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Why did New York schools pay $ 25 million for the site of former hot dog Nathan?

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This story was originally published May 23rd CITY.

In September 2018, Lorraine Grill, then head of the city’s school building department, received an email from her friend Carl Shisura from his email account as the leader of the New York City Building Congress.

He asked if they could talk on the phone about Nathan’s Famous’s closed restaurant in Dyker Heights, Brooklyn.

The conversation was not about hot dogs, but rather Shissura’s idea that this site could be a public school, according to an email and other received by THE CITY through a request for Freedom of Information Act.

“The property is Nathan’s former site – 86 and 7th avenues. The address is 650 86th Street, I believe 70,000 SF, ”he wrote in an email, telling Grill that the owner was“ Ready to make a deal ”.

“He would have preferred to deal directly with the SCA. Maybe you or one of your deputies can call him and then hand him over to his team, ”he added.

Scissura left two obviously key pieces of information. First, this “owner,” Tim Zys, was in the contract but had not yet acquired the site, which was still owned by Nathan’s Famous.

And Shissura never showed in emails from Grill for more than three years – and never told city or state lobbyists – that Zis had agreed to pay him thousands of dollars a month.

Instead, Scissor imagined himself solely as a local benefactor of Bay Ridge. “Believe me, I do not want to participate in anything else (sic) in the fact that schools are built in the best area of ​​New York :)”, – he wrote Grill.

On October 23, 2018, ZIS completed the purchase for $ 12.25 million, and on July 1, 2019, he resold the property for $ 25 million to the Grillo Public Schools Construction Agency, according to public records paid by taxpayers.

Ziss did not respond to a request for comment. A spokesman for the mayor’s office, Eric Adams, speaking on behalf of Grill, said she had “always made decisions solely on the merits, and this situation was clearly no exception.”

“At no point did Mr. Shisura say he was being paid to discuss the project, and First Deputy Mayor Grill never found out about the deal,” said City Hall spokesman Charles Lutwak.

“It’s lobbying”

Shissura was more than a familiar name in Adams Town Hall. Earlier this year, the mayor was on the verge appointing him head of a powerful urban economic development corporation. After the CITY in January first revealed Scissor’s secret work for Ziss, Adams named another EDC chief, Andrew Kimball.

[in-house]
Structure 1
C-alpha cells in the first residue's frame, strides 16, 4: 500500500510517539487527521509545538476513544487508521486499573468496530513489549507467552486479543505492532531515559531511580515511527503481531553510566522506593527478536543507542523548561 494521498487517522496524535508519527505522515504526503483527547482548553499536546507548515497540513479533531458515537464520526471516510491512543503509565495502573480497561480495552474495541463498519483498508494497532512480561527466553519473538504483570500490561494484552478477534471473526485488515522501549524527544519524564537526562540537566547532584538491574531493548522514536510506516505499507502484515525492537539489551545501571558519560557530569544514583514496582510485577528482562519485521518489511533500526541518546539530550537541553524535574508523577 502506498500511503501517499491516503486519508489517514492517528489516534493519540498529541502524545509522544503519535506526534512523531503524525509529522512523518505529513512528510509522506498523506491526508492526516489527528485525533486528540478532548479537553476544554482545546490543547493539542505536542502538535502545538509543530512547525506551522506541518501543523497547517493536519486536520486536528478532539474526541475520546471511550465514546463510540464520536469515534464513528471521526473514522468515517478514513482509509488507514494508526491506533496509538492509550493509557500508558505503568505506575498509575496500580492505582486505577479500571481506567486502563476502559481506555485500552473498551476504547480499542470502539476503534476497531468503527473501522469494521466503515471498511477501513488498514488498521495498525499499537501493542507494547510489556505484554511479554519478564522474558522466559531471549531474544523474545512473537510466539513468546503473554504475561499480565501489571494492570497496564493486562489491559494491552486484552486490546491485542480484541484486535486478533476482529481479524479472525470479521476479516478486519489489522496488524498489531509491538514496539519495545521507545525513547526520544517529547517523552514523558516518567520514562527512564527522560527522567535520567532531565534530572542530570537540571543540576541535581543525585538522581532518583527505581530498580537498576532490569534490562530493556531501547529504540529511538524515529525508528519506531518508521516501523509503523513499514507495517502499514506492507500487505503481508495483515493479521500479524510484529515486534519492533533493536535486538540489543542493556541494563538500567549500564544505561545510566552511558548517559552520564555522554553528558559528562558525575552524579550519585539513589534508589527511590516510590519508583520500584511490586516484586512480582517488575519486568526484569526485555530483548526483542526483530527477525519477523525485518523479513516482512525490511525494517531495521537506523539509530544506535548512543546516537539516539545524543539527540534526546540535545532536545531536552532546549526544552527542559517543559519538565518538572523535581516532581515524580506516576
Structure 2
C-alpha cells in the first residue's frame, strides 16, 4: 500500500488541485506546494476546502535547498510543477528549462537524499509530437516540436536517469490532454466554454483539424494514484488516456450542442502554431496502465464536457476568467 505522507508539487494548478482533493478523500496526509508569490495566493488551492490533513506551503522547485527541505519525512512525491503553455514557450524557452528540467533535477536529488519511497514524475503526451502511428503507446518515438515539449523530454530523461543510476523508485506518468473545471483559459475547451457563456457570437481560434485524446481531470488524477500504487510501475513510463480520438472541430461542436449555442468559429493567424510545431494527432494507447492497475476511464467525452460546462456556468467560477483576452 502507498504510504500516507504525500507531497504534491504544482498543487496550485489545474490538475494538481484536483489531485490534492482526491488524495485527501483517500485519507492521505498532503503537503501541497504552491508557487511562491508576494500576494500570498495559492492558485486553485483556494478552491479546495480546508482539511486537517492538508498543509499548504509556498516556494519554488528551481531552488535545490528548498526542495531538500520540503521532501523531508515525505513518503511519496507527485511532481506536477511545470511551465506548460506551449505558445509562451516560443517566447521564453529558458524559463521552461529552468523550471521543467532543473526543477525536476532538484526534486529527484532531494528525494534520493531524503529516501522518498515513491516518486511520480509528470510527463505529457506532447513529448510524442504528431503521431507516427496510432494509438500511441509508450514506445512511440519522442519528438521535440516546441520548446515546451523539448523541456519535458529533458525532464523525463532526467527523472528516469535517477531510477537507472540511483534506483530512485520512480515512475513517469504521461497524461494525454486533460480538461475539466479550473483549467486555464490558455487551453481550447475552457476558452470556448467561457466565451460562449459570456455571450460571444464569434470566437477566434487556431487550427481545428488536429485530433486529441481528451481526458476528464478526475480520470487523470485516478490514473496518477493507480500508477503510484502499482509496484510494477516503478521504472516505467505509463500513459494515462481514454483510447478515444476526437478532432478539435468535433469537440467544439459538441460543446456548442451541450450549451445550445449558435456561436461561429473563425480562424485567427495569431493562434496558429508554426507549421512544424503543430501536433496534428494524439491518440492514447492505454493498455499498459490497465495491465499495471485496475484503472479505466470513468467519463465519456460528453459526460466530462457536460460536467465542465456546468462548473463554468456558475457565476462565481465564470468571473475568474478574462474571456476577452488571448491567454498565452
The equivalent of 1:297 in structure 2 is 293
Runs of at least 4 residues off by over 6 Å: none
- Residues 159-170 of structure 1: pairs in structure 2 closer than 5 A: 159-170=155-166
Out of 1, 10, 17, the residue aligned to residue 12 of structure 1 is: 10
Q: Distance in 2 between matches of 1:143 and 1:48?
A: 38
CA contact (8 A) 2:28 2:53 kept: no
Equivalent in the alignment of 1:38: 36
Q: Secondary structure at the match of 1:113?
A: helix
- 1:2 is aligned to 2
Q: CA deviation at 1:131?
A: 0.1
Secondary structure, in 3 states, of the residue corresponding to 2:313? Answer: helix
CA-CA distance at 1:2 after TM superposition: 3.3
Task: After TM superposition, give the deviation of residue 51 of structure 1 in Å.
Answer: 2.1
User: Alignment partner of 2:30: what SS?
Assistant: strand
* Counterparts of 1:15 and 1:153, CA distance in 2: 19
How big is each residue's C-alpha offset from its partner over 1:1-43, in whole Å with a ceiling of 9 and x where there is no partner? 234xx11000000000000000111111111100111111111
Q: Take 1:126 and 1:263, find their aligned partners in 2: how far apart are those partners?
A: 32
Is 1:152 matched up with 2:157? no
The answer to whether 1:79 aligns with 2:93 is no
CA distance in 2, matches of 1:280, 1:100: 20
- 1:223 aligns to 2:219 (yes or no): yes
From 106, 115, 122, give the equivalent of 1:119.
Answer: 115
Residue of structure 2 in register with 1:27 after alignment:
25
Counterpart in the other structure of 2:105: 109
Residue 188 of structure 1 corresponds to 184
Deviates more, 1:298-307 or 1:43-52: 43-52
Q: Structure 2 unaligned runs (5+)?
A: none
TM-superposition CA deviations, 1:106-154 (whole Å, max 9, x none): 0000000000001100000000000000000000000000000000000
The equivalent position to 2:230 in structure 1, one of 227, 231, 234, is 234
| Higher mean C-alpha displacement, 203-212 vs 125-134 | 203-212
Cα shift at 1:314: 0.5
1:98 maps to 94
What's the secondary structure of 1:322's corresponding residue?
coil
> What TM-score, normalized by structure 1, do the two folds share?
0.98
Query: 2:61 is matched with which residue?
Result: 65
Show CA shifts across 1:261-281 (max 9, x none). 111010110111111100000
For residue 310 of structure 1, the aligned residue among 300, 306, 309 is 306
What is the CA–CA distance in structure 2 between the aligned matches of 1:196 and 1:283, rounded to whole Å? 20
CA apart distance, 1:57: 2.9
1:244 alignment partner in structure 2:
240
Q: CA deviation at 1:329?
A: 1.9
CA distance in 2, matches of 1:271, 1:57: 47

Managing the Building Congress, a trading group for the real estate and construction industry, Scissura began working with Ziss in July 2018, according to a copy of the contract received by THE CITY.

In addition to the $ 15,000 tariff fee, Ziss has been paying Scissura $ 6,000 a month since October this year, the contract shows. The outlined scope of work included meetings with local leaders and elected officials on the development of five properties in Bay Ridge. According to people familiar with the matter, New York City Congressional staff and council were unaware of its sideline.

The contract states that Shissura “will not act as a lobbyist as defined by the New York State Lobbying Rules, and will not act as a lawyer in this project.” Scissura is not a registered lobbyist in New York.

But many experts who spoke to THE CITY said Shissura’s efforts to influence the real estate deal fit the classic definition of lobbying.

These actions include his pathetic emails to Grill, who is now the first deputy mayor under Adams.

“He is asking for action against a government official, this is lobbying,” said a lawyer who specializes in lobbying, who asked not to use his name.

He pointed at urban lobbying law, which prohibits any activity that attempts to influence eight individual actions. The list includes “any decision of an elected city official, city official or employee regarding the terms of acquisition or disposal of any interest in real estate by the city.”